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Mayor’s Column: Homeless crisis requires state leadership

WHITTIER – For my column this week, I want to follow-up last week’s column regarding the homelessness situation.

Several months ago Drew Pryor, a co- founder of the Whittier Consortium on Homelessness, and myself authored an article, The Flood: The Deluge of Homelessness in California, the Need to get to the Root Causes and How to do so. Because the article is somewhat lengthy, we will provide the first half of the article this week. And before I forget…see you at the Uptown Christmas Parade which starts at 10:00 am tomorrow!

When it comes to homelessness in California, cities and counties throughout the state are busy mopping up the deluge. And as we have seen in our town, Whittier is not immune. But we need help from Sacramento to address the source of the leak.

California has the highest number of people experiencing homelessness in the nation. Communities, cities and counties are working hard to address the issue, but at the local level we desperately need collaborative leadership at the state level to address the main issues that speak directly to the source of our homelessness crisis.

Mental health, drug and substance abuse, housing costs and recent criminal “reforms” have all converged like a perfect storm to create the explosion of homelessness we are facing. But these are state level issues that cry out for state level resolutions in a coordinated manner. If not, the only sad option is to continue mopping up water without fixing the leak.

Whittier has seen a 44% reduction in our homeless population by head count since 2015. But we saw our first uptick in 2019, along with the rest of Los Angeles County. The percentage of our neighbors experiencing homelessness per population is fewer than half the Los Angeles County average. This is not by accident. Residents here have formed the Whittier Consortium on Homelessness designed to bring various sectors of our community together to discuss collaborative and mutually beneficial solutions to homelessness. The Consortium launched “Imagine Whittier,” a mentorship program that in its first year has seen 100 percent of families recovering from homelessness maintain their housing.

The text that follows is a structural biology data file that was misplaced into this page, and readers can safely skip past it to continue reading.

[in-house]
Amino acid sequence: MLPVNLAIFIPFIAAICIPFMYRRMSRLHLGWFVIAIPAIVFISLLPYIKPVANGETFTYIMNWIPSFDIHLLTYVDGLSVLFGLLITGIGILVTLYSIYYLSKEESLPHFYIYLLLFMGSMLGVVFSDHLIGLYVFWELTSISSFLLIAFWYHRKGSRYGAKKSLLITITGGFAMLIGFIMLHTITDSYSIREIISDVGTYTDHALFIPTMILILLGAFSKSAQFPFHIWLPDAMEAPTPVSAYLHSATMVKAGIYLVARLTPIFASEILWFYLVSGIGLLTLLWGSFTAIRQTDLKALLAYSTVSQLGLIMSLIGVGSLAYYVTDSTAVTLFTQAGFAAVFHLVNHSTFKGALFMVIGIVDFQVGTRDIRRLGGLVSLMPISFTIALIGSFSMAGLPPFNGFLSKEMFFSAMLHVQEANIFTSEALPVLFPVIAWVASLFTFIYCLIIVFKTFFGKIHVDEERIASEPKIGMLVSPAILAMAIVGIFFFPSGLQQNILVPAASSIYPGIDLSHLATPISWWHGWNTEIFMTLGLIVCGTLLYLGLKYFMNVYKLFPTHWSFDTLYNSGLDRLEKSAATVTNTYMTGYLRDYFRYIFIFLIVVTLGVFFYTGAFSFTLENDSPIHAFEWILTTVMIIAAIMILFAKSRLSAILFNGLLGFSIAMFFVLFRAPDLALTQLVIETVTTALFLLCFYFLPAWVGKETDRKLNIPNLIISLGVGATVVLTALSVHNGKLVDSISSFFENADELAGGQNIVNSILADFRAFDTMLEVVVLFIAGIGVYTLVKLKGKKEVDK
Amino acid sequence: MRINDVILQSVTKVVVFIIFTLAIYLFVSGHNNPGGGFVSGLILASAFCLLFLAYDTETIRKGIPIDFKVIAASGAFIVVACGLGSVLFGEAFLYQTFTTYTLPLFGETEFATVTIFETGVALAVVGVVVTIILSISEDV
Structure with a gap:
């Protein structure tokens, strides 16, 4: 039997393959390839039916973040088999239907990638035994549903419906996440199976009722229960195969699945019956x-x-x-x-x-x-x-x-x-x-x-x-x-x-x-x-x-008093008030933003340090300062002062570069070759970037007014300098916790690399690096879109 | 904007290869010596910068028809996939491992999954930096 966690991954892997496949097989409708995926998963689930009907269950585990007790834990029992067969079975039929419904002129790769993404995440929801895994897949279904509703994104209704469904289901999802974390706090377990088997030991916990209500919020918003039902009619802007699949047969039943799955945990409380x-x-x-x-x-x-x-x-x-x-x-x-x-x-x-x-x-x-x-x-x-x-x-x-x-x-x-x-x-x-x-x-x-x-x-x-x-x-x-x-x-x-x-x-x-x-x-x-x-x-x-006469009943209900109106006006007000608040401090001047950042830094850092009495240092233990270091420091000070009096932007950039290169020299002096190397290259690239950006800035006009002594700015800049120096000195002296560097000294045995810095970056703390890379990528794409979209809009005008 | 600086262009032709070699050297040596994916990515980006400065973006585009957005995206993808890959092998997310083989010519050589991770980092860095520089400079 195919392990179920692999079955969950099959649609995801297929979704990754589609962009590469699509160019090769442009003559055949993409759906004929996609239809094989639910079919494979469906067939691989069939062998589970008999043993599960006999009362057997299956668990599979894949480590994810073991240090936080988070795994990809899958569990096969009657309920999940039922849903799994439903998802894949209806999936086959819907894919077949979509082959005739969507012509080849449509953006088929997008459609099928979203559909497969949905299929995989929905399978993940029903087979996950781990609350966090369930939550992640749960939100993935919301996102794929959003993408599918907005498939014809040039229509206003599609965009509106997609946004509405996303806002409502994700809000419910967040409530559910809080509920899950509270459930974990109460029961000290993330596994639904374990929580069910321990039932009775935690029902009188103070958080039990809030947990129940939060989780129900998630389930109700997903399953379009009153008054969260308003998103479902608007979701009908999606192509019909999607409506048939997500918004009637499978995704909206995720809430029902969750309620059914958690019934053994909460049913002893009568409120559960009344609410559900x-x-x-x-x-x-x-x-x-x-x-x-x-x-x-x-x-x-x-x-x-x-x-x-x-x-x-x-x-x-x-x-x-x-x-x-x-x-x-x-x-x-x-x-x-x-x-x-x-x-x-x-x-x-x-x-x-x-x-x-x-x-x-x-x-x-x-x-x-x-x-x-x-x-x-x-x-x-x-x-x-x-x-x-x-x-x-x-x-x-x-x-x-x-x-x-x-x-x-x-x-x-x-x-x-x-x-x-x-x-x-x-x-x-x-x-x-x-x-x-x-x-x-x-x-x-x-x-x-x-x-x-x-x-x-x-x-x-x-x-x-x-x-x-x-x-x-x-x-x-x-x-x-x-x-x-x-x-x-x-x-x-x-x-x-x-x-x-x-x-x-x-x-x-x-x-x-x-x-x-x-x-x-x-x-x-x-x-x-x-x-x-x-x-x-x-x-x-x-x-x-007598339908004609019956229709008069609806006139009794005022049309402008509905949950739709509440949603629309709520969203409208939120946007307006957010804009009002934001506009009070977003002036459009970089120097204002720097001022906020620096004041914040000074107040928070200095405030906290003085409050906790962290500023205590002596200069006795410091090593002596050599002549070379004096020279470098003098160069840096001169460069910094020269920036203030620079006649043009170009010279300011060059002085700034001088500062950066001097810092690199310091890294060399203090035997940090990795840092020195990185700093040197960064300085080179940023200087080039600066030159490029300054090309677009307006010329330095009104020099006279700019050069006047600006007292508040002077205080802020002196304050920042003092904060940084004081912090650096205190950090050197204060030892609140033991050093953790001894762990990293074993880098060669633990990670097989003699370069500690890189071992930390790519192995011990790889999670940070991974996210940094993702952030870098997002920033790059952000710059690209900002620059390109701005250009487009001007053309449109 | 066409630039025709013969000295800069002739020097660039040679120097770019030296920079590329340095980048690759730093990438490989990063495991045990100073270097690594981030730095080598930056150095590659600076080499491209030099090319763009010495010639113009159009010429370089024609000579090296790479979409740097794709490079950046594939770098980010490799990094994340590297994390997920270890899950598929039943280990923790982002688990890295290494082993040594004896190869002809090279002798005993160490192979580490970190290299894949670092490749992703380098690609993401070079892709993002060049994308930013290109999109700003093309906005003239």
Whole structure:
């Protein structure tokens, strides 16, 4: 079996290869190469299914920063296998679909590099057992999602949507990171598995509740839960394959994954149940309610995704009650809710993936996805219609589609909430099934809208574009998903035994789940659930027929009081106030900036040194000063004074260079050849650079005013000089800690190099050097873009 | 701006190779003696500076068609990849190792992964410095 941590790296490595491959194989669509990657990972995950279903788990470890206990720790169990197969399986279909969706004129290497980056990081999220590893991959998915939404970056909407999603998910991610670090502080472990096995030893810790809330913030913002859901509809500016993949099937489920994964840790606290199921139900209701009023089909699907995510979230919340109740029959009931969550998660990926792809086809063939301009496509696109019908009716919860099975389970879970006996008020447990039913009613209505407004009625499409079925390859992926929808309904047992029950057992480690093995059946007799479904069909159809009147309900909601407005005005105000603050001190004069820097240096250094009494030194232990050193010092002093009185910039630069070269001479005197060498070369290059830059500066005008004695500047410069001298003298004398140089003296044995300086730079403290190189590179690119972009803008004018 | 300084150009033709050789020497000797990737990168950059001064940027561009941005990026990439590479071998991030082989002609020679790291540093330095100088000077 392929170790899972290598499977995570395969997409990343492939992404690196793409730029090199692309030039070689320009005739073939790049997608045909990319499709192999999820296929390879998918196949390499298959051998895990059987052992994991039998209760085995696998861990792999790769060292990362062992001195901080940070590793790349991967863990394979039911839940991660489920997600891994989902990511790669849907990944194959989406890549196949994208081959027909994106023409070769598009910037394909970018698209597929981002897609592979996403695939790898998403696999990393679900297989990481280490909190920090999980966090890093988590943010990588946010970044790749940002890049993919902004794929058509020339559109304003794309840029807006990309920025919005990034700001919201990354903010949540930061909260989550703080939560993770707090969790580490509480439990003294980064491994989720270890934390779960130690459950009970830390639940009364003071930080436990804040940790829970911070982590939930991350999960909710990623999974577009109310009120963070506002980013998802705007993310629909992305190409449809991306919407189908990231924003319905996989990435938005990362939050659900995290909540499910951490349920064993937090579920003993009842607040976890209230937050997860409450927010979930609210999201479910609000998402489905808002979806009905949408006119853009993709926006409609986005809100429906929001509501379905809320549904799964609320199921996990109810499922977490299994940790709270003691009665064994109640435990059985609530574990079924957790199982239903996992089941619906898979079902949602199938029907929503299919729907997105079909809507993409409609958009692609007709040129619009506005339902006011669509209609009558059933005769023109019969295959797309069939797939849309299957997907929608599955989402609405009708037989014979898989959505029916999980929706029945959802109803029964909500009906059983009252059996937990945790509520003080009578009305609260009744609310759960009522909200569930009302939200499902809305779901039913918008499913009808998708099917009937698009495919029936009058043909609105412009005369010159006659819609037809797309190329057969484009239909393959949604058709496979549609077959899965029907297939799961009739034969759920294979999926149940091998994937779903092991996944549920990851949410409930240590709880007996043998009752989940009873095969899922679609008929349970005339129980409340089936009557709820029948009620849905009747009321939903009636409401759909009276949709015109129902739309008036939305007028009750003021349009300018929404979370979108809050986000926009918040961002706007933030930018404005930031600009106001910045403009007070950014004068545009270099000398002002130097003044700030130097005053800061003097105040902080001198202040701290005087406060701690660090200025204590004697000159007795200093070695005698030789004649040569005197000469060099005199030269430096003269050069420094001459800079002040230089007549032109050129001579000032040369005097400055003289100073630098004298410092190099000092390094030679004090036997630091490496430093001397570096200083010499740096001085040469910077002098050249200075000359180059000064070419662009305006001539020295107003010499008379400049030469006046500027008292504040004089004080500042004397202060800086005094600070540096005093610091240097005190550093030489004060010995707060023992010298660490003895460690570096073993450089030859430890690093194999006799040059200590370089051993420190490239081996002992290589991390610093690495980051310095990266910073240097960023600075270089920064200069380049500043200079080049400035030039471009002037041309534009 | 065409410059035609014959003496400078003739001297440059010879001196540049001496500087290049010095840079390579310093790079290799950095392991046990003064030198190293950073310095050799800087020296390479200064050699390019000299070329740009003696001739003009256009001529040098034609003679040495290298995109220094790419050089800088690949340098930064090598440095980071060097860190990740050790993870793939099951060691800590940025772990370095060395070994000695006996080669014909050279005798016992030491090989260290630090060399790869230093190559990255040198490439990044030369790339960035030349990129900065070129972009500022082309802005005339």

Last year our local non-profit, The Whole Child, housed 244 families in the region.

We opened a new shelter at the Salvation Army for women and children, established a MHET team (Mental Health Evaluation Team) through the Whittier Police Department and L.A. County Department of Mental Health, formed a veteran’s resource center at our public library, created a comprehensive City of Whittier Homelessness Plan. And we are looking to establish a mobile shower program and a Jobs Readiness program in Whittier.

Our city staff, county partners, non-profits, service providers, faith community, business, health, and education sectors have all come together to address our homeless challenges head-on through collaboration, and we are seeing promising results. Yet even with all the success we have seen in Whittier, the problem of homelessness still looms large…

Part two next week.

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